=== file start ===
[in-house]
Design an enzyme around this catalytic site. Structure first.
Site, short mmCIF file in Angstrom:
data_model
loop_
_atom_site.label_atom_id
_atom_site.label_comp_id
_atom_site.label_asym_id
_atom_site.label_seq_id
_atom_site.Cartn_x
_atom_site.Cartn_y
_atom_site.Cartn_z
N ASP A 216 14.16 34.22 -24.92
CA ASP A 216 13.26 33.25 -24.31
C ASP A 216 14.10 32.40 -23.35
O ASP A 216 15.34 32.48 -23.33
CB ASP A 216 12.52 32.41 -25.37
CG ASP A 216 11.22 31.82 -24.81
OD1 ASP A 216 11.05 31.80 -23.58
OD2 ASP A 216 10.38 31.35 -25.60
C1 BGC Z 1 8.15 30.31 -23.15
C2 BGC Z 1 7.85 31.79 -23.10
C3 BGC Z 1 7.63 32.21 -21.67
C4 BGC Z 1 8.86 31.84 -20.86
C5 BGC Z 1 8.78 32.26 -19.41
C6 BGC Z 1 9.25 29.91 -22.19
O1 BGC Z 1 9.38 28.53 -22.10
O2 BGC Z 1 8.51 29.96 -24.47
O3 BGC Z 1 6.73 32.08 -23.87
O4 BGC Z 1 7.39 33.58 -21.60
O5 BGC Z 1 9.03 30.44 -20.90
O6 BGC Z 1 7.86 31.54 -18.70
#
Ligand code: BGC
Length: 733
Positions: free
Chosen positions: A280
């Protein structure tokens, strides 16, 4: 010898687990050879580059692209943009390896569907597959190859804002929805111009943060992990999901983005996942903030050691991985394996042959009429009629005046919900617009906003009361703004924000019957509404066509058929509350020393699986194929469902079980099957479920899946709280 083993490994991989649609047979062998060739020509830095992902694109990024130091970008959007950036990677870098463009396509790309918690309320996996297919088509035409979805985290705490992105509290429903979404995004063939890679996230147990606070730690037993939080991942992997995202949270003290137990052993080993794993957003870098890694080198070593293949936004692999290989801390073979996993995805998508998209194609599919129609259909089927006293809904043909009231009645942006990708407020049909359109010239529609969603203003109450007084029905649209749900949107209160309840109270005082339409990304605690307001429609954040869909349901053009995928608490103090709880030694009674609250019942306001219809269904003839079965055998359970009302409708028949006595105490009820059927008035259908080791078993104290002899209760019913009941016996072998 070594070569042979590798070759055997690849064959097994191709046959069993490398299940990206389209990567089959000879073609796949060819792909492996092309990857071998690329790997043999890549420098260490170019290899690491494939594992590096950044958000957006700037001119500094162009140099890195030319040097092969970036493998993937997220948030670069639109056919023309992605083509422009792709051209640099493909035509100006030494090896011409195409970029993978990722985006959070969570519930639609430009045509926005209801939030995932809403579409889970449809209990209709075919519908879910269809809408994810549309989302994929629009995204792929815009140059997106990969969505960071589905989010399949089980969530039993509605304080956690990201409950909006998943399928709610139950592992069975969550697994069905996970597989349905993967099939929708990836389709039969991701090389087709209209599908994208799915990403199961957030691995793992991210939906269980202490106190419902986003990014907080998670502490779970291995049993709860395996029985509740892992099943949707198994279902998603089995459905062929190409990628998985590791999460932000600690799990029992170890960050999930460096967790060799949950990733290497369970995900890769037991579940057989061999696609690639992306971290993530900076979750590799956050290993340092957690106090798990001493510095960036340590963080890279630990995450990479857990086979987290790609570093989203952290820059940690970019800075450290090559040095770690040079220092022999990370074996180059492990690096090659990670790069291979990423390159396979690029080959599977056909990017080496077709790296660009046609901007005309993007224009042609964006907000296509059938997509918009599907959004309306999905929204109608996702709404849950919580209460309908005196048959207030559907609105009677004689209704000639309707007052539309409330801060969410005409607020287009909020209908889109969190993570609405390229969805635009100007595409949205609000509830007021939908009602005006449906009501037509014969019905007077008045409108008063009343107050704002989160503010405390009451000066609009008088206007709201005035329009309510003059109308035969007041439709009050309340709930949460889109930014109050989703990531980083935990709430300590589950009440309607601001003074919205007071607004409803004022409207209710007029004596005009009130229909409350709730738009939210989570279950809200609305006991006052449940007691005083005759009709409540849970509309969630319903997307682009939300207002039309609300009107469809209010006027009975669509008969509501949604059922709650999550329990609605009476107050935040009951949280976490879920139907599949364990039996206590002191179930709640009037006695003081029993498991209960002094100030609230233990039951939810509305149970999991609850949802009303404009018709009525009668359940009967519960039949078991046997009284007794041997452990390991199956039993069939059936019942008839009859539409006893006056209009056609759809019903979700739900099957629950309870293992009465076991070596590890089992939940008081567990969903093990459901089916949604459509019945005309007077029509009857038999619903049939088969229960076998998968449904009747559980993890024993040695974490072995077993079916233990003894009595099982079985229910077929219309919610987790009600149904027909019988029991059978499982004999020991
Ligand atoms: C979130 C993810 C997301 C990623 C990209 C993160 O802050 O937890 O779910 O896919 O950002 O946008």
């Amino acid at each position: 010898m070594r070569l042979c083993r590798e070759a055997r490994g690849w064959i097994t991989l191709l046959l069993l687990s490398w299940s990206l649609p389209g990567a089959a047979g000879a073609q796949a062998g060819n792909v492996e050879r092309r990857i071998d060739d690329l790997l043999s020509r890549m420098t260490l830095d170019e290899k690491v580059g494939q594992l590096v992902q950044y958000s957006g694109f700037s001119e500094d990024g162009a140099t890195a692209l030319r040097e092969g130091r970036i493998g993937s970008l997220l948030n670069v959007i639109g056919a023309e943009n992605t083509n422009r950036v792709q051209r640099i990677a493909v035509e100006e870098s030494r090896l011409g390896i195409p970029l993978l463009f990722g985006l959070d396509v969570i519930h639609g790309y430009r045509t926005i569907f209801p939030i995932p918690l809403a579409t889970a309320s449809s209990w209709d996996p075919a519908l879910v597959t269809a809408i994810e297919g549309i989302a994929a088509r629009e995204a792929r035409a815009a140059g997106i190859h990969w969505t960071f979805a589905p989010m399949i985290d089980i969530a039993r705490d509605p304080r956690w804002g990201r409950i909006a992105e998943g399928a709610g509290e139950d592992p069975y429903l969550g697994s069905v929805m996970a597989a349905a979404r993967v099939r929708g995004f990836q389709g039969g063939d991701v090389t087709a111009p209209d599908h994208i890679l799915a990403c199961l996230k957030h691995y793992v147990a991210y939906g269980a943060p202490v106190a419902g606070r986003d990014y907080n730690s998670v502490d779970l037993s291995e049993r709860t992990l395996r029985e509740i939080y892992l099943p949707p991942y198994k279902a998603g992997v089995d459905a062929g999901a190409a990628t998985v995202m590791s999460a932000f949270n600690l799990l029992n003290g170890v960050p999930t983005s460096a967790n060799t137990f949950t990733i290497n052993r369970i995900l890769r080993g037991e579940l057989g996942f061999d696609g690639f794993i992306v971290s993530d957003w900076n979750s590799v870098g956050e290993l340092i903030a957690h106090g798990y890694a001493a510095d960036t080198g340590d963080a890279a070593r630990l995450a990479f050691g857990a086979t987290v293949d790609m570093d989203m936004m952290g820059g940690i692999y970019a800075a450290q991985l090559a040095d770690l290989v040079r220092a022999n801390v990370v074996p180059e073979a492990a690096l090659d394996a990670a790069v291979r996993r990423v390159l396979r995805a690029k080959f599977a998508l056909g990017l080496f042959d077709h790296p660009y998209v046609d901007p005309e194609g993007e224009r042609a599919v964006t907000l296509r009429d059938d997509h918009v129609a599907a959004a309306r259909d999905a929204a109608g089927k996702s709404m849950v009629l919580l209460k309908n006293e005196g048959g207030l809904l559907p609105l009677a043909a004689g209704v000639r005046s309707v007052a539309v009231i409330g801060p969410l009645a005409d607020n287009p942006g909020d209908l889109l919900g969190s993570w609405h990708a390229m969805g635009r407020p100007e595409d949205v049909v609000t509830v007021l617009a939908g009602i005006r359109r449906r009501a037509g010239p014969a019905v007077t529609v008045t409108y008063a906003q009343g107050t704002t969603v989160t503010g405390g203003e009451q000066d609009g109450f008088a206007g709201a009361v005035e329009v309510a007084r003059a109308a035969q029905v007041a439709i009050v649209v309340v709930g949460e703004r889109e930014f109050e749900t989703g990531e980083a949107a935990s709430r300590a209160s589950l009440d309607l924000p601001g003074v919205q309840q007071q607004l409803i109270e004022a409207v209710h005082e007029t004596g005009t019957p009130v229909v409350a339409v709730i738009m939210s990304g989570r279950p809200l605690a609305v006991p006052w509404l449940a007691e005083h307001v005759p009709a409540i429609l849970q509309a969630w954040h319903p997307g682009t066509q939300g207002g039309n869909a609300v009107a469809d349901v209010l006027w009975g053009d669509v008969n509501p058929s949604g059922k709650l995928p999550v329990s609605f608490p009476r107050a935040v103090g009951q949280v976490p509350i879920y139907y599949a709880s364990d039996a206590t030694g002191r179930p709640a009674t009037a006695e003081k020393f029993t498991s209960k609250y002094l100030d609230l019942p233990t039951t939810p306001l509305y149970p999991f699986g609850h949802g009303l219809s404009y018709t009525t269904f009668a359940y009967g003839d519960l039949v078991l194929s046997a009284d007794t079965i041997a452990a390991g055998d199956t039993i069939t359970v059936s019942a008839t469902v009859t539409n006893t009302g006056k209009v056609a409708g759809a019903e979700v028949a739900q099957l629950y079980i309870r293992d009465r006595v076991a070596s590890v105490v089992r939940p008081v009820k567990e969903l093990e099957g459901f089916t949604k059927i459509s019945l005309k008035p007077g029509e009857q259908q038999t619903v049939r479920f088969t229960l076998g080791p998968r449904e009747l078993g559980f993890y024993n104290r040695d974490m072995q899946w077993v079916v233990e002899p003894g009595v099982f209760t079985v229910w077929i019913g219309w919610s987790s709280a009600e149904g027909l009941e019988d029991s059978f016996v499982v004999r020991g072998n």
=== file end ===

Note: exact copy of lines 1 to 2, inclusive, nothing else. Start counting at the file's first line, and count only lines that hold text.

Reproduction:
[in-house]
Design an enzyme around this catalytic site. Structure first.